If I reduce the number of samples used for an FFT (increasing the width of the frequency bins), is it correct to say that the energy in two bins with smaller frequency bins (eg. 10kHz-20kHz and 20kHz-30kHz) is equivalent to the energy in a single, larger bin (e.g. 10kHz-30kHz)?
One of the most useful ways of handling this sort of question with FFTs is to use Parseval's Theorem. Paraphrasing loosely, it says that if you have a signal, it doesn't matter whether you compute its energy by summing the power in each time sample, or the energy in each frequency bin, you necessarily get the same answer - because it's the same signal.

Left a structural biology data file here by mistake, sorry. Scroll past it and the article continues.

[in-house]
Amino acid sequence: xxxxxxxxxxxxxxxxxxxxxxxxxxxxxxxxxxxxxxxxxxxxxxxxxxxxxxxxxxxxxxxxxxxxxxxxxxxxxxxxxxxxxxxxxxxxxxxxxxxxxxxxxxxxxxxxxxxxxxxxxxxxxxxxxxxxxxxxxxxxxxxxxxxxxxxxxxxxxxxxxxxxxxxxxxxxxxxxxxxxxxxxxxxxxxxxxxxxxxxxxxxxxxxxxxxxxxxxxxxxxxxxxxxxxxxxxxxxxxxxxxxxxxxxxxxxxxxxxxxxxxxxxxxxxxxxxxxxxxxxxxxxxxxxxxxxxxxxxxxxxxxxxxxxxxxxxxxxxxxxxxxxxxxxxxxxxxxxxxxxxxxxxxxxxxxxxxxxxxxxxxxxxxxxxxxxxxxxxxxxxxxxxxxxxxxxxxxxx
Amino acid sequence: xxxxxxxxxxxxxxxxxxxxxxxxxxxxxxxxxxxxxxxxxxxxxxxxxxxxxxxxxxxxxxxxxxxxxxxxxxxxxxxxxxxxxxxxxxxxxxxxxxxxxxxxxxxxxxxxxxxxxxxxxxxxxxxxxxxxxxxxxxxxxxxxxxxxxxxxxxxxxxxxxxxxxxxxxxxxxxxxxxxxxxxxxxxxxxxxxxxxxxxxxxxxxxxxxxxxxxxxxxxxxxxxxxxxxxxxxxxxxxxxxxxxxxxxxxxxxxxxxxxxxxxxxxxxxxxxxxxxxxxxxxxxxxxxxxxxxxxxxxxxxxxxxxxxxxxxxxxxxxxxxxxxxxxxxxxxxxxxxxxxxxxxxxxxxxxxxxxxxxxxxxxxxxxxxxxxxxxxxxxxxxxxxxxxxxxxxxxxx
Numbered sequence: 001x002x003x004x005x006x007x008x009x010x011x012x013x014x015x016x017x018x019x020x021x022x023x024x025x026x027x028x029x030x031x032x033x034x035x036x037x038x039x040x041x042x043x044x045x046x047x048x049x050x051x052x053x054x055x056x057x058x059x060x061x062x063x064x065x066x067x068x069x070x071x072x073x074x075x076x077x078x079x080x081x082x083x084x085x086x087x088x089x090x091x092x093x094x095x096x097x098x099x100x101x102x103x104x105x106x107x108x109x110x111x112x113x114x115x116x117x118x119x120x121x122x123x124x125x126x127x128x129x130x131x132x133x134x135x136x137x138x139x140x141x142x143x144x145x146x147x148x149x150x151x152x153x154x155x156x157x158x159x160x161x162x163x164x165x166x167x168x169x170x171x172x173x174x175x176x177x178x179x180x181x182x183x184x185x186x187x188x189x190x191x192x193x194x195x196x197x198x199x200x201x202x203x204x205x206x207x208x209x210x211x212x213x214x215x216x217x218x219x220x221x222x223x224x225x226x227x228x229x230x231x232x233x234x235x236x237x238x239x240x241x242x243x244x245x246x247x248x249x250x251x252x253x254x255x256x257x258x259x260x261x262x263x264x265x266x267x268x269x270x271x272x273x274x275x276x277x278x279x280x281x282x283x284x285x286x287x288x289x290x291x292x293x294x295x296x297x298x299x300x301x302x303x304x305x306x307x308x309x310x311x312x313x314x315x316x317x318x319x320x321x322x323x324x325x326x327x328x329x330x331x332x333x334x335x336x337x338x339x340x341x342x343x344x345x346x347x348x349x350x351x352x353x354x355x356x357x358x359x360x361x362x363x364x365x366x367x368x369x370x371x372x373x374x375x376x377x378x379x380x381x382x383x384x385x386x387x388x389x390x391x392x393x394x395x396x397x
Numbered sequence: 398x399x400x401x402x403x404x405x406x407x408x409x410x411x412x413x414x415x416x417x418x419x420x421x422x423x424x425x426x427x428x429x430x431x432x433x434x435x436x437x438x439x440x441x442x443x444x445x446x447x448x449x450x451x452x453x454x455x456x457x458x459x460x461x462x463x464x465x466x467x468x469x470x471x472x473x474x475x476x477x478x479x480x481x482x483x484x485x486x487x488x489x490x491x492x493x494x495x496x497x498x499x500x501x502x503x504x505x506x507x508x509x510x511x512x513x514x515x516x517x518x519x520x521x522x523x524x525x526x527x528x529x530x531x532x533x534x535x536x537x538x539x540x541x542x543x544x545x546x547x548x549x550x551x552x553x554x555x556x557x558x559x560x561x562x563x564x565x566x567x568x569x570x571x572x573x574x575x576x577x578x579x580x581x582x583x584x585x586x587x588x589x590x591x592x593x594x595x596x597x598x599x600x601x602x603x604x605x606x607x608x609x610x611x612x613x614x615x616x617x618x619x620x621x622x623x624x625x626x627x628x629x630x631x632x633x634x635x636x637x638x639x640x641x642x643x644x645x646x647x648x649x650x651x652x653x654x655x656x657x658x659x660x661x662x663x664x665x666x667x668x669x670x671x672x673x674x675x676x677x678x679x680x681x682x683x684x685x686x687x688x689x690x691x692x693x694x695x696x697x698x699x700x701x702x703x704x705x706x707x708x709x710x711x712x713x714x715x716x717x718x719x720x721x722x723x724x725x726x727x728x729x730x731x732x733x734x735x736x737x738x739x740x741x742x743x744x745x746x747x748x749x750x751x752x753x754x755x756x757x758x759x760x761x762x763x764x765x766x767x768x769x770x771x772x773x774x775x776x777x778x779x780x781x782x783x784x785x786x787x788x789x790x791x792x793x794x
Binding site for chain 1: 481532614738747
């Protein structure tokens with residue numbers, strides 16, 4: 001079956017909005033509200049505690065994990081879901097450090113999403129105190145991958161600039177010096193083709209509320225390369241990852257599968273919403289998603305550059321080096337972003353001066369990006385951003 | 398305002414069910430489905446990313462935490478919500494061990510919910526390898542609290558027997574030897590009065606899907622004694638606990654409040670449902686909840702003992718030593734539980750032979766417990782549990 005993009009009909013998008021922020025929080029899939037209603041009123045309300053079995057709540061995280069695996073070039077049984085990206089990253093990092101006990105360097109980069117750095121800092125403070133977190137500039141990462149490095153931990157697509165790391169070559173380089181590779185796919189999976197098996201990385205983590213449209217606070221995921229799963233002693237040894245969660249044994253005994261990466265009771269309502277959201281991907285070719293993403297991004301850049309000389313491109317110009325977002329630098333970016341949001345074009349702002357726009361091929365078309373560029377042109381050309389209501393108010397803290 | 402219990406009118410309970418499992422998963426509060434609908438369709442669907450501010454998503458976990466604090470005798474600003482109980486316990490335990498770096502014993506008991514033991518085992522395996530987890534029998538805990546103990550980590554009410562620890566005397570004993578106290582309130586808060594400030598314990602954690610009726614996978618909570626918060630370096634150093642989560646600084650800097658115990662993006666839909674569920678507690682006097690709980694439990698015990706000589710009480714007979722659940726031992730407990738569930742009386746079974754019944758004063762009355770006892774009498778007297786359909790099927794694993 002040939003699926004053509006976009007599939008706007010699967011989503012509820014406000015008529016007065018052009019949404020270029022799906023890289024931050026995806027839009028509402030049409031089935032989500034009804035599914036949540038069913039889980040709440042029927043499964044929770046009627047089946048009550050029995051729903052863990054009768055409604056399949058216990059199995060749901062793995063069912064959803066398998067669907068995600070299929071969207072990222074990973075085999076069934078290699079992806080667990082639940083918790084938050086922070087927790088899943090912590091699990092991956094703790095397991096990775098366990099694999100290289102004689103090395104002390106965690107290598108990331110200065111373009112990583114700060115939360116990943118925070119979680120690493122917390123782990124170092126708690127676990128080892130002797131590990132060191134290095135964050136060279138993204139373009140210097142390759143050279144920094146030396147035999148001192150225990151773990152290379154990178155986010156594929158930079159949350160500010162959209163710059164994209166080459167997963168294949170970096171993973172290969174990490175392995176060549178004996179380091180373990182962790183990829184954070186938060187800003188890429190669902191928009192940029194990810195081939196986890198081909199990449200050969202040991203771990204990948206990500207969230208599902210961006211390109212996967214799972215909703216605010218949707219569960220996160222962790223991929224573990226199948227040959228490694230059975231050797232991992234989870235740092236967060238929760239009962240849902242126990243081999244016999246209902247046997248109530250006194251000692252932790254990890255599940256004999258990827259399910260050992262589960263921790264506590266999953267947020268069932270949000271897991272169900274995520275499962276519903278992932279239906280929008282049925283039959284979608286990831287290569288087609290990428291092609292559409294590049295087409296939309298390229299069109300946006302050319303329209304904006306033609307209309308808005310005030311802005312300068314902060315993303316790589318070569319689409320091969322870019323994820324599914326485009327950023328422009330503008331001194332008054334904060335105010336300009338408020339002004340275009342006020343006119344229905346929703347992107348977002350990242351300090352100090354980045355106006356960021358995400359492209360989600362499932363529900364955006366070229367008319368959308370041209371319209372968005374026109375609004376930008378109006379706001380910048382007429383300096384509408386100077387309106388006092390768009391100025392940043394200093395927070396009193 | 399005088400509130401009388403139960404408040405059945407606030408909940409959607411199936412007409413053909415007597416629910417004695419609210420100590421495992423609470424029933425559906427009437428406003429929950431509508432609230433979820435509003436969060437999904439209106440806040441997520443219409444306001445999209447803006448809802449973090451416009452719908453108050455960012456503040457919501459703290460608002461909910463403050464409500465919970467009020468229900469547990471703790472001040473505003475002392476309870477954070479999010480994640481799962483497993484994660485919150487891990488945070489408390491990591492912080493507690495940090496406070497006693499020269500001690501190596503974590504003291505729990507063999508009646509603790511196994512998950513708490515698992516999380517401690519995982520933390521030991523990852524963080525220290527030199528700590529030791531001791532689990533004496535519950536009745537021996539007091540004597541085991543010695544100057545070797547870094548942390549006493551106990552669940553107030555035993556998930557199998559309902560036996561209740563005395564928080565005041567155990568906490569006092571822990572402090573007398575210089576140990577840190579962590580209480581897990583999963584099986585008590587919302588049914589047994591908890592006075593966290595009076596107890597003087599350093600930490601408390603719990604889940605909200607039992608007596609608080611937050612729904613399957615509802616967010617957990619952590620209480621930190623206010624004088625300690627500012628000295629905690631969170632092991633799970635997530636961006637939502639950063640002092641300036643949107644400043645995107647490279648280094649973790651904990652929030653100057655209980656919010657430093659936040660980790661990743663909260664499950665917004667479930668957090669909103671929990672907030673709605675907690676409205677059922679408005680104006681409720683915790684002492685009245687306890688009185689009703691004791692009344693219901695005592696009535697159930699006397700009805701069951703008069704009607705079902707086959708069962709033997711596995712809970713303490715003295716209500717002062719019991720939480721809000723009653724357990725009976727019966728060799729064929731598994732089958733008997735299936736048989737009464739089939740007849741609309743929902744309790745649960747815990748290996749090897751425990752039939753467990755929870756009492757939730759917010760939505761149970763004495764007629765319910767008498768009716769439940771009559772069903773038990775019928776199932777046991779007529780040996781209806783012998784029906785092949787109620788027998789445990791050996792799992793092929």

If you keep the sample rate the same, and halve the number of samples you take, then you've halved the length and so halved the total energy in the signal.
Halving the number of samples will halve the number of frequency bins, while doubling their width.
Half the total energy, half the number of frequency bins, therefore the energy in each bin stays the same.
Usually FFT algorithms are normalized such that the total energy is constant regardless of the number of bins, in which case yes that will be true. This is not necessarily the case though (the transform could omit the normalization step for computational efficiency), so a quick check of the documentation for your specific FFT library is worthwhile.